Marina City towers at dusk on 300 North State Street, c. 1965. Photograph from Hedrich-Blessing.
Alinea Revisited – A Life Worth Eating “The dish never got boring. Since this was a shared dessert for three people, each person picked and played with different combinations of ingredients making every bite taste different. This is the most memorable dessert I have ever had.”
Grant Achatz: The Chef Who Couldn’t Taste [Fresh Air interview]
Meanwhile, in the Midwest…Things recently got extremely tense at a public radio softball game in Chicago…..
On today’s Fresh Air, the rise and fall of legendary gangster Al Capone: “Businessmen, in particular, in the ’20s really believed that to be a success, an entrepreneur needed to have a personality, a sense that you were a success. That’s why I think Capone dressed the way he did. And that’s why he entertained the press — because he wanted to be perceived as a successful American. Dale Carnegie … would later cite Capone as a model for creating the public image. Obviously, it went bad in many ways for Capone, but that’s the image he was going for.” — Jonathan Eig
Tomorrow: the story of Al Capone. Guest: writer Jonathan Eig.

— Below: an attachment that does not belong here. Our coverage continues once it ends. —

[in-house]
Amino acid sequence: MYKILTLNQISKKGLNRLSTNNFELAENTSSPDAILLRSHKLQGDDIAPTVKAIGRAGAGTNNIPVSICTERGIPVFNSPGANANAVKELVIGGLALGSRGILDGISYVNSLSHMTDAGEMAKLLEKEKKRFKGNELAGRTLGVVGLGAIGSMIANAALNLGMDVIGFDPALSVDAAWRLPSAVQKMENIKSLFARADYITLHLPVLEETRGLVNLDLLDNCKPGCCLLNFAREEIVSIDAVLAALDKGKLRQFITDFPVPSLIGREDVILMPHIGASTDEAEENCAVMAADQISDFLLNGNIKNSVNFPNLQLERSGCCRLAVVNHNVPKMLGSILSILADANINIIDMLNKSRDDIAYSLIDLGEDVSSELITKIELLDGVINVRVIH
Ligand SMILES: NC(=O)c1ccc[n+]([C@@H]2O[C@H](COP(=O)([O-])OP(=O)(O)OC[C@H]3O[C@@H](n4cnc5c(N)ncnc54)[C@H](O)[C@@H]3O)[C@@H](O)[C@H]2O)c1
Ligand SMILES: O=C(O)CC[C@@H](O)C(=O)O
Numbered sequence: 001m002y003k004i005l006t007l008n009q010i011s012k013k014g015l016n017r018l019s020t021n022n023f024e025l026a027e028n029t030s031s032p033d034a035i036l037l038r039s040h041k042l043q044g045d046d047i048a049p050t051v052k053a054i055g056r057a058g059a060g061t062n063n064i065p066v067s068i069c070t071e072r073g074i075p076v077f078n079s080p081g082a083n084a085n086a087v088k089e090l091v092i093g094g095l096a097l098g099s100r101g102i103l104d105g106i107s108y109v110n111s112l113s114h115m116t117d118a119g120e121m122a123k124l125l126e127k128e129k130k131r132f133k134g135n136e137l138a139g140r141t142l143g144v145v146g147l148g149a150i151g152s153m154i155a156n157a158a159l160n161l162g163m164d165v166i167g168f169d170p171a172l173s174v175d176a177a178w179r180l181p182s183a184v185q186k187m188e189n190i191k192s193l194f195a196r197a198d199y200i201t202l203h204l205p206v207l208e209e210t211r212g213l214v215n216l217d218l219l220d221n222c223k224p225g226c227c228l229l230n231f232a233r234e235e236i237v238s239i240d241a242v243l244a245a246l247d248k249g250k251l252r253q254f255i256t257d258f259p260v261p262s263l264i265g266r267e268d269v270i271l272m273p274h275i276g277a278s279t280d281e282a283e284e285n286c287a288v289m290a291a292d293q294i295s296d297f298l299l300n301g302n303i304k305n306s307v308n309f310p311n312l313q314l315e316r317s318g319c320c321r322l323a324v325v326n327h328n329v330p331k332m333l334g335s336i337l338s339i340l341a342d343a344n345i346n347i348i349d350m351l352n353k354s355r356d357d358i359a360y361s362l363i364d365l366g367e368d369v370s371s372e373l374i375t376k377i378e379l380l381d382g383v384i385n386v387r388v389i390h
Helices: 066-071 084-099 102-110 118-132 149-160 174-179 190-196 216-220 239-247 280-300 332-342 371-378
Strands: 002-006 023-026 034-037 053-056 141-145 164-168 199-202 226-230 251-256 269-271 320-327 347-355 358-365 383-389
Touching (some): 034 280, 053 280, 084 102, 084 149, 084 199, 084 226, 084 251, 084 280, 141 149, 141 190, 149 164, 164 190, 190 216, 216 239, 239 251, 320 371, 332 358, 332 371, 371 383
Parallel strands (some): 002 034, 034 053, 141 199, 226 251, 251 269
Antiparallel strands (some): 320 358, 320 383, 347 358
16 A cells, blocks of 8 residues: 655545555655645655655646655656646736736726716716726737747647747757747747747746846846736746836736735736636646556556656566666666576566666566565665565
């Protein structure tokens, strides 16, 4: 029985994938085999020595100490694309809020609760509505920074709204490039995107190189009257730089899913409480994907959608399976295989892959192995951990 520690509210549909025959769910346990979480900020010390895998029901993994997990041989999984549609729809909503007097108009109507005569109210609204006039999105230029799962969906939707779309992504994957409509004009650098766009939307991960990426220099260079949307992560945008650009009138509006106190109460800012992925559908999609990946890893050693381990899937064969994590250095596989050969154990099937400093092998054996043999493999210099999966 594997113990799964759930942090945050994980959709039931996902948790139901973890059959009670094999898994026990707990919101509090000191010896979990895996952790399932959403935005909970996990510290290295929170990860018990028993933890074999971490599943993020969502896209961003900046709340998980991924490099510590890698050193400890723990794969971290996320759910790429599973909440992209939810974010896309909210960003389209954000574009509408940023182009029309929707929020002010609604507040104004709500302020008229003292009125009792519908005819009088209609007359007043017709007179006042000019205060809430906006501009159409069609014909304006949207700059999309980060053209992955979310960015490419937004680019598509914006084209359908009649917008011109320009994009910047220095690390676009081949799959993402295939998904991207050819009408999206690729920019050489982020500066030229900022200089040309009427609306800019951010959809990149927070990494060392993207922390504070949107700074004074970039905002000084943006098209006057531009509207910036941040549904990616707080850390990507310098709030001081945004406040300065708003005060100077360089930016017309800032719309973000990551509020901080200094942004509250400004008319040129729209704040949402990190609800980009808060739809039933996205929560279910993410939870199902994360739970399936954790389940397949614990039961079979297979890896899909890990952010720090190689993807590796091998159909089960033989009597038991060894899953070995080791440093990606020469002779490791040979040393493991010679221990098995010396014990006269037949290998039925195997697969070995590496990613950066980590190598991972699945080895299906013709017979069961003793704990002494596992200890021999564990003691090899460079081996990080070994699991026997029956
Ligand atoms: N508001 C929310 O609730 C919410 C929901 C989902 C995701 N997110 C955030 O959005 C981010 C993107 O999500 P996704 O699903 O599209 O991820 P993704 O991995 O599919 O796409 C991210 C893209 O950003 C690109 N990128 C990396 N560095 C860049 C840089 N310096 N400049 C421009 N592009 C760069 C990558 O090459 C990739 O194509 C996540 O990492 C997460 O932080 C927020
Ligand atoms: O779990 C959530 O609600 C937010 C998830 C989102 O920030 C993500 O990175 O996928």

Eastern State Penitentiary - Al Capone’s Cell (by Prof. Jas. Mundie)
Audio’s up for Terry’s interviews with Ameena Matthews and Steve James.
Ameena Matthews is a former gang member who now enters Chicago’s most dangerous neighborhoods and mediates disputes before they erupt into violence. When Matthews was heavily involved in gang activities, it was her Muslim faith, her children and grandmother who served as her own violence interrupters: “[My grandmother] would step in the middle of raids, asking, ‘Where’s Ameena?’ Guns were drawn and she’s not even looking at the guns or the gas that was thrown in the building to smoke us out, she’s yelling my name and telling me to get my behind out. … She was there.”
Director: Steve James.
Monday: director Steve James, former gang member Ameena Matthews who now works to stop the cycle of violence in Chicago
Tomorrow: the story of American medical care as seen from the perspective of an inner city Chicago hospital. We speak with Dr. David Ansell, whose experiences treating patients at Chicago’s public Cook County Hospital make a strong case for national health care reform.
chicago — (by Melody Kramer)
In 1997, Frank Calabrese Sr. was sent to prison along with his brother Nick and Frank Jr. on a series of racketeering charges. The feds had enough evidence to keep him in jail for 118 months — meaning Frank Sr. would have been a free man when he turned 70. But then Frank Jr. wrote a letter the FBI, offering to help bring down his father’s murderous Chicago crime family.